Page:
"Joint STARS was looking at a small number of Soviet tanks, while today MC2A must keep track of every station wagon, every minivan, and every Mini Cooper. In the old days, missing one tank was not all that big a deal, but today you miss one missile launcher and that could blow up a city," says Schonfeld.
That task gets even harder in the modern urban battlefield, since radar traditionally has good resolution along the line of sight, but needs heavy signal processing to get fine resolution images perpendicular to the line of sight.
"The trouble with urban surveillance at fine grain is that buildings get in the way," Schonfeld says. And to add a final level of challenge, the mission of MC2A is to present that data as movies that show where the traffic is going, not just surveillance snapshots. Until the mid-1990s, designers couldn't even refresh a screen often enough to display that data.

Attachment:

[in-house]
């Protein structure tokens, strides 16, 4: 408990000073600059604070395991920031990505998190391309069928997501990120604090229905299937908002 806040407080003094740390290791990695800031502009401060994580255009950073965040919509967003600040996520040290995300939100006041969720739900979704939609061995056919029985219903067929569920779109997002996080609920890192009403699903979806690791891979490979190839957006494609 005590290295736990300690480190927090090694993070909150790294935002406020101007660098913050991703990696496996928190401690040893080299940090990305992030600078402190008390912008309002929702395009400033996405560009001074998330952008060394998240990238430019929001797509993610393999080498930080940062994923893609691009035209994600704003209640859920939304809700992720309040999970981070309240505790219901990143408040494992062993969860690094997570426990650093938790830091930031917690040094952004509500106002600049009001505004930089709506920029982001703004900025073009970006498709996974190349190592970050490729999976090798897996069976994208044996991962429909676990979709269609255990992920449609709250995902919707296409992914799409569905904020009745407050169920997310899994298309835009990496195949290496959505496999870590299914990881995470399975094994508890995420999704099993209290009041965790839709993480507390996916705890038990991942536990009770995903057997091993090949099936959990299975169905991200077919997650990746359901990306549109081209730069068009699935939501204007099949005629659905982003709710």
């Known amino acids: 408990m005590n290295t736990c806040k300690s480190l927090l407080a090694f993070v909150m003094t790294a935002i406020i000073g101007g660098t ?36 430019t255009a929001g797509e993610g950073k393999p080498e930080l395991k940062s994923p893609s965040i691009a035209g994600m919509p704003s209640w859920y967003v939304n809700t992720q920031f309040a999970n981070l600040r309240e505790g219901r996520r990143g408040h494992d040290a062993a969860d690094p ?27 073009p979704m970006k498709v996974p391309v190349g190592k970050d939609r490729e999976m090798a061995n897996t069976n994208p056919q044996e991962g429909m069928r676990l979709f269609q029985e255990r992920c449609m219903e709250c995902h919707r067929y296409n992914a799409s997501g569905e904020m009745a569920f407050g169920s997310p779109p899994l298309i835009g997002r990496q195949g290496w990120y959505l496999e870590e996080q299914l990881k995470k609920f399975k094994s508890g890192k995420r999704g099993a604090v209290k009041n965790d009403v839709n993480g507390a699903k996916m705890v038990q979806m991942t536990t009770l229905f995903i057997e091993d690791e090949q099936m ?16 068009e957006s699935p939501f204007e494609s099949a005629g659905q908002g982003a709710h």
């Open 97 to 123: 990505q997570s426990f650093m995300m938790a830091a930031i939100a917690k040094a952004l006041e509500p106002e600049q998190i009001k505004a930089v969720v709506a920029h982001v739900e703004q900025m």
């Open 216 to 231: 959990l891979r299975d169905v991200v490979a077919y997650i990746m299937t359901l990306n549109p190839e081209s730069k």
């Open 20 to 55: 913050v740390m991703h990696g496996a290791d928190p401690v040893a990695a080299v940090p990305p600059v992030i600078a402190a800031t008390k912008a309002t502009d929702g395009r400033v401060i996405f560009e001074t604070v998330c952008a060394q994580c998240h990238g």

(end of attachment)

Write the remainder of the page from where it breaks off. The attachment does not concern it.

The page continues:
In April 2004, Air Force leaders awarded $888 million to Northrop Grumman for Phase II of MP-RTIP. Northrop Grumman designers are creating the Battle Management Command and Control (BMC2) architecture to control all the data. And in June, Northrop Grumman gave $369 million of that grant to Raytheon to build the radar and produce six MP-RTIP radar systems - three each for the E-10A and for Global Hawk. The new radar will enable airmen to simultaneously collect ground moving target imagery and synthetic aperture radar signals. It will also offer an air moving-target indicator, used to track cruise missiles.
Military & Aerospace Electronics February, 2005
Author(s) :   Ben Ames

Nombre: Juan J. Núñez C.
Asignatura: CAF